Beth Hall AP Photo

Arkansas’ center Travis Swanson (64) stands on the field during an NCAA college football game against Auburn in Fayetteville. The Arkansas center has done much more than just avoid errors in his time with the Razorbacks, helping guide the team through the turmoil of the last year and a half.

“Travis Swanson is the best center, in my opinion, in college football,” Bielema said. For all of Swanson’s accolades, it’s worth noting the 6-foot-5, 318pound former lacrosse standout had never played center prior to his arrival at Arkansas. It was only after a camp during his senior year of high school that Petrino recommended the for-

mer guard learn the new position. Swanson took the advice to heart — taking part in 4:30 a.m. workouts during his final semester of high school and learning everything he could about snapping the ball. It was the same kind of selfless display he had shown since first starting football at 6 years old, continuing into his sophomore year

of high school when he was asked by coaches to also play on the defensive line. Swanson accepted the defensive assignment, even though his career path was already winding its way toward the offensive line. The two-way experiment was a success before ending after three games, but it was Swanson’s willingness to do whatever he was told that was remembered by his parents, Todd and Gina. You see, Travis Swanson’s theory on earning playing time was, and still is, a simple one: “Just don’t give people a reason not to like you,” he said. “And do everything right.” Swanson put that theory into practice while redshirting his first season at Arkansas, heeding the advice of coaches and older teammates, alike. By the time his second year came along, Swanson took over at center. Even now, after spending the past eight months trying to impress a new set of coaches, Swanson’s thoughts on his ability are less about his own considerable talent — born out of a potent mix of intelligence, athleticism and size — and more about the humble nature he’s always known.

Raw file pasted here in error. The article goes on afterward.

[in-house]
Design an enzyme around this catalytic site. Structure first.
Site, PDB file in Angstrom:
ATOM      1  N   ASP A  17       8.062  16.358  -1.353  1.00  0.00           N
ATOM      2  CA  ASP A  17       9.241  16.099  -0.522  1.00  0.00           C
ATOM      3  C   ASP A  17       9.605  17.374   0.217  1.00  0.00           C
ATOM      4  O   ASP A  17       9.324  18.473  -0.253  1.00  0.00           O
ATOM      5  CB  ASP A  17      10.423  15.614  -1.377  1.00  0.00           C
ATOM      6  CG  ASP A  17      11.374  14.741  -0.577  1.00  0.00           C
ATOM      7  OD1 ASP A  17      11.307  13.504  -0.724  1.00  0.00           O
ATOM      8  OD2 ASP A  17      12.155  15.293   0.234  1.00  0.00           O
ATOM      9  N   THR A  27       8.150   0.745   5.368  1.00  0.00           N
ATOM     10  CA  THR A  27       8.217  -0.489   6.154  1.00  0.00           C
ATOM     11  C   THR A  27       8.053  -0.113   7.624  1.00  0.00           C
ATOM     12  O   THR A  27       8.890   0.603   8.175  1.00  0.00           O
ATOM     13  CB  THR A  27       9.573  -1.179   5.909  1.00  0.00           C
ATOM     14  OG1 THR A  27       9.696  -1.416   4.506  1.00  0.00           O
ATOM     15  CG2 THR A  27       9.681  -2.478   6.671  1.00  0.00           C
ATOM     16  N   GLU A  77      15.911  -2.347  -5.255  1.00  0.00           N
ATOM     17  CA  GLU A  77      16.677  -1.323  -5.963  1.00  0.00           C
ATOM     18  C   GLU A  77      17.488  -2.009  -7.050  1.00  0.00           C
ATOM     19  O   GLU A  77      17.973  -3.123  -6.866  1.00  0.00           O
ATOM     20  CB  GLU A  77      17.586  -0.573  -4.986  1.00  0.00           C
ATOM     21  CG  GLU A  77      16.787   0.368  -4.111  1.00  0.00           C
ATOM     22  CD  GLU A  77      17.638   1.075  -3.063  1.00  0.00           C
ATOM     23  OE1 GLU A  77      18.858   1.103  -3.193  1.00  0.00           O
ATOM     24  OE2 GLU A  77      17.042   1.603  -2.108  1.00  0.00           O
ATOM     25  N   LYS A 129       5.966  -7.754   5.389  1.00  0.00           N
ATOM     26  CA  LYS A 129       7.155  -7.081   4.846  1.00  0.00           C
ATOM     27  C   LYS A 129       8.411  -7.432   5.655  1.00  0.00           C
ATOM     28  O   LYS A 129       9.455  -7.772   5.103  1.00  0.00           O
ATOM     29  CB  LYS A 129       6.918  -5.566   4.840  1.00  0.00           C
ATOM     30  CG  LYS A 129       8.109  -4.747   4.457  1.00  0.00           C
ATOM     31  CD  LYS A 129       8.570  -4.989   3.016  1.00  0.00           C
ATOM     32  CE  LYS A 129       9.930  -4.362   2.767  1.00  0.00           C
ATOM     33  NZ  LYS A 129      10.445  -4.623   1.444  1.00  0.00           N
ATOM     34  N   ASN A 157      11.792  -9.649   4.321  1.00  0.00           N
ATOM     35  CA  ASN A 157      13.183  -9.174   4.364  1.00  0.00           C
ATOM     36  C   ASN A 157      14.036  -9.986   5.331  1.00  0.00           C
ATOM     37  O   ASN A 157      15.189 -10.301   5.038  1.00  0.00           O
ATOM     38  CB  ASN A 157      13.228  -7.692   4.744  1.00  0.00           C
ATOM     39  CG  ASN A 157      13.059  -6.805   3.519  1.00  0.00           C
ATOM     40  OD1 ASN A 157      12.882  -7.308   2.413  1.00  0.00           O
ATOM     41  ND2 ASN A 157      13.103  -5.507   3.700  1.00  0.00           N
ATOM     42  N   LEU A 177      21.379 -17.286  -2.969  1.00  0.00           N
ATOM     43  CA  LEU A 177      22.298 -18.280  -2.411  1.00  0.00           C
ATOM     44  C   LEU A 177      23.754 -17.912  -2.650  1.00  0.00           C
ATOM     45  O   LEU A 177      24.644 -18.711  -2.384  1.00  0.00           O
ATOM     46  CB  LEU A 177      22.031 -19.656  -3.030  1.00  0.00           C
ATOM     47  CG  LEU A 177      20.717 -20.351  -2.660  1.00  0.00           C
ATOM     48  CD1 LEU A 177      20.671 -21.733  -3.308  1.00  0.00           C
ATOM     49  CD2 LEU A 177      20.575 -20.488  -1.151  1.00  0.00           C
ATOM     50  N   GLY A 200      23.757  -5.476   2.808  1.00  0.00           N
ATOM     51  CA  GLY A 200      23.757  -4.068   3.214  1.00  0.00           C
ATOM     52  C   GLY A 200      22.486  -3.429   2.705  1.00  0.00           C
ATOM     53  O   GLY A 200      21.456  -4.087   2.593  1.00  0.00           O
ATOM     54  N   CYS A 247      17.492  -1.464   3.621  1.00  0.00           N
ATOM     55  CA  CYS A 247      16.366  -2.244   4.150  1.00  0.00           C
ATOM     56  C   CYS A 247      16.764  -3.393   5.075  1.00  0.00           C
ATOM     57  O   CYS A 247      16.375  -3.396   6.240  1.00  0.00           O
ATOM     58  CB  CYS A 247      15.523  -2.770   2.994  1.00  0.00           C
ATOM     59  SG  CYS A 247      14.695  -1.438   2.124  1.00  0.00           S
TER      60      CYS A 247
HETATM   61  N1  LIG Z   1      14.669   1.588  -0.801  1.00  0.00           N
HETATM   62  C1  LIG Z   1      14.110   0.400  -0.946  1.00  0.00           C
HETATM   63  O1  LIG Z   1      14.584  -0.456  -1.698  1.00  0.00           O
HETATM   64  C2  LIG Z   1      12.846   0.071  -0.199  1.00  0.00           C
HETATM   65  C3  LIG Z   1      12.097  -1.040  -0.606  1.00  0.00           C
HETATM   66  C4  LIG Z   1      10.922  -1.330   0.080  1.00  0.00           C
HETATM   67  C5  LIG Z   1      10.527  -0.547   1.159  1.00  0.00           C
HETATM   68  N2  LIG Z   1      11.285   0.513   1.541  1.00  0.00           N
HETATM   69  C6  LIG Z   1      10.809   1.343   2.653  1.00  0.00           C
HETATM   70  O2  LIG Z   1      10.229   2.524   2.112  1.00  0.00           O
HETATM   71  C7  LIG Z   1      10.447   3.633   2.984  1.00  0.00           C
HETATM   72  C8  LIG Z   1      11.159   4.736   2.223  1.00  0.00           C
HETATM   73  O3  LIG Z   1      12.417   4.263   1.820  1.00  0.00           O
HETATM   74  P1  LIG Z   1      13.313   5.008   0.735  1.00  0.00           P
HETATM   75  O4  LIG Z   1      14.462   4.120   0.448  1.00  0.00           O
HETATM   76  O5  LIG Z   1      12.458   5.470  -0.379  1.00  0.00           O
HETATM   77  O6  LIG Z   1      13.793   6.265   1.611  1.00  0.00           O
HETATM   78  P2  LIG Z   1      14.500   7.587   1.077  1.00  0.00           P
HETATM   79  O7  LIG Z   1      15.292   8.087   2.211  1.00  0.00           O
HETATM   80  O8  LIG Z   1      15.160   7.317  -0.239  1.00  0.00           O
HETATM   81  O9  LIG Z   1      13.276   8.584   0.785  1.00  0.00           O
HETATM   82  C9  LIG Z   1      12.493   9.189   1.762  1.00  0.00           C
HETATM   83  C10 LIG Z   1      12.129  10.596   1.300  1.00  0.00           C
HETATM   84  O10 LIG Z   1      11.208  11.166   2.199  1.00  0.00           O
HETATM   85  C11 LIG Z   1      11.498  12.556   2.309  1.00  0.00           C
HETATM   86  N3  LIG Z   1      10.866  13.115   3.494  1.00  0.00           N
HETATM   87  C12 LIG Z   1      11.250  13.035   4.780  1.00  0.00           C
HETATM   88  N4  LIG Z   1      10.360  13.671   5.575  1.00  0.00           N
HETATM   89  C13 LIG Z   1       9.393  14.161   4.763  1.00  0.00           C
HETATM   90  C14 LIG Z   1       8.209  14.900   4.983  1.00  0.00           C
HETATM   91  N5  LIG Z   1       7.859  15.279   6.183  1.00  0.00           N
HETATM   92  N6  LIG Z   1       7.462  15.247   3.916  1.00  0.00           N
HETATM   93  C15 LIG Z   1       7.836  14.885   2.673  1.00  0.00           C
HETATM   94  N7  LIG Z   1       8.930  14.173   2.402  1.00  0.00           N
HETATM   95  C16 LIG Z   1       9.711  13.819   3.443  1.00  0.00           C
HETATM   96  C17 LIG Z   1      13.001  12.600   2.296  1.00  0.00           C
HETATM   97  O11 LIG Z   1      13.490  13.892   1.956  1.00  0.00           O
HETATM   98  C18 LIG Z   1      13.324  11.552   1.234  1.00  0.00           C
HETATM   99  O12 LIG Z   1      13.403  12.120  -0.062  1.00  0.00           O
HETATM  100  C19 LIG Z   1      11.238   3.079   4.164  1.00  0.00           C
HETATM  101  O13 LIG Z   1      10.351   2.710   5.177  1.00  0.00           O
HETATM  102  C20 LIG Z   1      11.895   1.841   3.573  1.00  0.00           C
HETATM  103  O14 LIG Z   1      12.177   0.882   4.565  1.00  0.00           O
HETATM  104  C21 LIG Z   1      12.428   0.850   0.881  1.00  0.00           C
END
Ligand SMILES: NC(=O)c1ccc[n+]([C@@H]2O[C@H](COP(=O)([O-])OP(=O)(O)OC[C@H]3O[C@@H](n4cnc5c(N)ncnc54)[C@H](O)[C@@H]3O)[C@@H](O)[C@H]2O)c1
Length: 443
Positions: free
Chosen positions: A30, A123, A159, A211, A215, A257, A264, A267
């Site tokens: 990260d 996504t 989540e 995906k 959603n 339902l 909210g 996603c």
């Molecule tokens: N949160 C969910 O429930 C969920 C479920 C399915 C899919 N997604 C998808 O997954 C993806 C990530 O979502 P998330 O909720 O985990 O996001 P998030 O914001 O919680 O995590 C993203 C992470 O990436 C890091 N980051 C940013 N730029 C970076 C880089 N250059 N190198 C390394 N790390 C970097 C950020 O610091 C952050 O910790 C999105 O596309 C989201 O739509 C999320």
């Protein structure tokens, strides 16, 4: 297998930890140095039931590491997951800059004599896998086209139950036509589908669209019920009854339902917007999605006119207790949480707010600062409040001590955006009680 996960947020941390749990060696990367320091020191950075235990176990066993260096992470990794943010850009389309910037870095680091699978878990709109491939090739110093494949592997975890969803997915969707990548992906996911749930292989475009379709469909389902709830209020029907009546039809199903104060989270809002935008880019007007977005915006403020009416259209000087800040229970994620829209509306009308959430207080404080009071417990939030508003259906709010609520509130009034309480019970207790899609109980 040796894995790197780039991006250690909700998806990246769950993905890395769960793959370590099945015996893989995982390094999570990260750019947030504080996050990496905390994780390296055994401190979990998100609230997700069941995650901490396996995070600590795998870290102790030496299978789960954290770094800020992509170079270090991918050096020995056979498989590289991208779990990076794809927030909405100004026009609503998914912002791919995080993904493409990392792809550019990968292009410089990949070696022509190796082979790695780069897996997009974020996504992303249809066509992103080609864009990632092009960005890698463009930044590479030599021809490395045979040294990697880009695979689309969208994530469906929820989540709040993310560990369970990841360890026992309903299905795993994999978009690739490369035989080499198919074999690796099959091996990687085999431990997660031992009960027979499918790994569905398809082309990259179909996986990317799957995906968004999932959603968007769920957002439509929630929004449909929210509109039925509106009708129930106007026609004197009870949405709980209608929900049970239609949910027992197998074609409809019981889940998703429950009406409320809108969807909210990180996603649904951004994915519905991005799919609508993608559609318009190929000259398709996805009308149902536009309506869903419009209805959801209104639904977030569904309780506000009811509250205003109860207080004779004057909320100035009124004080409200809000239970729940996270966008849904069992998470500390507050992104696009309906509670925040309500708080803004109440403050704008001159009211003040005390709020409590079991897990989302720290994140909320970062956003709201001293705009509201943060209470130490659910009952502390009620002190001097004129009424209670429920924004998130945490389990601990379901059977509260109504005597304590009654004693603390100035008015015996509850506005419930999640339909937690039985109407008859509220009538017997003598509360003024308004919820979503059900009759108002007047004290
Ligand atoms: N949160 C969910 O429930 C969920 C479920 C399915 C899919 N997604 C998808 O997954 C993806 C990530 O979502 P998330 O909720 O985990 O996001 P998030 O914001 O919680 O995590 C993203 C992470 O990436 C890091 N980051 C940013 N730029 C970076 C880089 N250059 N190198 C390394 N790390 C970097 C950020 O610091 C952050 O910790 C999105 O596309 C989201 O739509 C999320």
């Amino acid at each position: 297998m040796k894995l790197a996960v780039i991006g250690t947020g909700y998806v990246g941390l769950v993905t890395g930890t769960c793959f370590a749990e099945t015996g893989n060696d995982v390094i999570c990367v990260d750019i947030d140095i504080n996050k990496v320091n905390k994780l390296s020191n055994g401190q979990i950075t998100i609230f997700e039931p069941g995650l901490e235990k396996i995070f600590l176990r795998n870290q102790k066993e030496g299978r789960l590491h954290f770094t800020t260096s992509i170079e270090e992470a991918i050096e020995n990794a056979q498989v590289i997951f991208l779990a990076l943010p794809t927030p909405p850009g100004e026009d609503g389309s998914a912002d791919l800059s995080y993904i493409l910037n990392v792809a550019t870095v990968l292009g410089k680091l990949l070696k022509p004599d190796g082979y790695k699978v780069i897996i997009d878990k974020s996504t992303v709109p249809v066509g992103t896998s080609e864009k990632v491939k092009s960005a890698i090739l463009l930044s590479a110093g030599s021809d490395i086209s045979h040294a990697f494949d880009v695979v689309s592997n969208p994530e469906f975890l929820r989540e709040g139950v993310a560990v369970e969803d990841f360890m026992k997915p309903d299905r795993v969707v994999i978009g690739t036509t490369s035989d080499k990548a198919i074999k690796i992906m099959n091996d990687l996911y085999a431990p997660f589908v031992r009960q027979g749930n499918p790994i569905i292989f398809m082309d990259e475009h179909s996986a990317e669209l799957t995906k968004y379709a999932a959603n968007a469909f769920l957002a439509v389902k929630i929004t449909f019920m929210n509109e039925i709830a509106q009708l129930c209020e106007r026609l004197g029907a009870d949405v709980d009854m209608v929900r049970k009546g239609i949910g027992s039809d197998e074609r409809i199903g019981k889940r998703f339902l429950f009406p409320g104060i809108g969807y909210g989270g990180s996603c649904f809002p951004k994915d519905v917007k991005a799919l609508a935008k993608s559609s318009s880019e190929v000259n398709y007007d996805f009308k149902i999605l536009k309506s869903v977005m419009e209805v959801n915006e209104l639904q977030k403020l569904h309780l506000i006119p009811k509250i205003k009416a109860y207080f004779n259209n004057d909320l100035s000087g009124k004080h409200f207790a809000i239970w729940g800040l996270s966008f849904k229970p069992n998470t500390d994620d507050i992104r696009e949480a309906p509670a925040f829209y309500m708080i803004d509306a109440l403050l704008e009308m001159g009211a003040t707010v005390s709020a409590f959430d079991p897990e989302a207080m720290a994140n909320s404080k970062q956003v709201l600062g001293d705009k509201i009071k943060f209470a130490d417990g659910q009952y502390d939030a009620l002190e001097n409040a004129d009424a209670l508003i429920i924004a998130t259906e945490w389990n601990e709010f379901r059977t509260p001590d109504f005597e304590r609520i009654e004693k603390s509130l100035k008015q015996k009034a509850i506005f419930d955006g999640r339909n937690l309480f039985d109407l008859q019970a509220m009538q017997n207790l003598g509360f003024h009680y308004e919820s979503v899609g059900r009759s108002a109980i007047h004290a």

LOCAL RESULTS City League Flag Football JULY 29 Grades 1-2 Lions 26, Colts 12 Begnals 25, Chiefs 18 Bills 18, Steelers 12 Bears 25, Vikings 18 Cowboys 26, Saints 19 Grades 3-4 Texans 34, Raiders 0 Packers 34, Jets 0 Panthers 35, Broncos 7 Giants 19, 49ers 14

JULY 30 Grades 1-2 Colts 41, Bears 20 Vikings 13, Bengals 0 Saints 28, Bills 0 Chiefs 25, Lions 18 Cowboys 38, Steelers 13 Grades 3-4 Panthers 25, Packers 6 Raiders 7, Giants 6 Texans 14, 49ers 0 Broncos 20, Jets 7

GOLF Nutters Chapel/Centennial Senior Men’s Tournament First Flight 1. Gray, T. / Gatlin, W. 2. Wyzgoski, K./ Binam, J. 3. Deckard, R./ Roebuck, C. Second Flight 1. Hartsfield, C../ Harvison, S. 2. West, J../ Glover, E. 3. Hambuchen, J./ Ball, P. Closest to Hole, No. 16: Wyzogoski, K.

Justin Thomas worth watching at Western

harry king ROLAND, Ark. — Hard on himself and demonstrative, Alabama’s Justin Thomas is worth watching at the Western Amateur. Unlike the even-keel clones that populate golf at the top, Thomas has some fire. No obscenities, no club-tossing, just the self-condemnation that goes along with being a perfectionist. You need to be close enough to hear him and the no-ropes policy at The Alotian Club allows such access. For instance, on the 225-yard fourth — his 13th hole — on Wednesday, he missed twice. The first was a swing at

Western Golf Association photo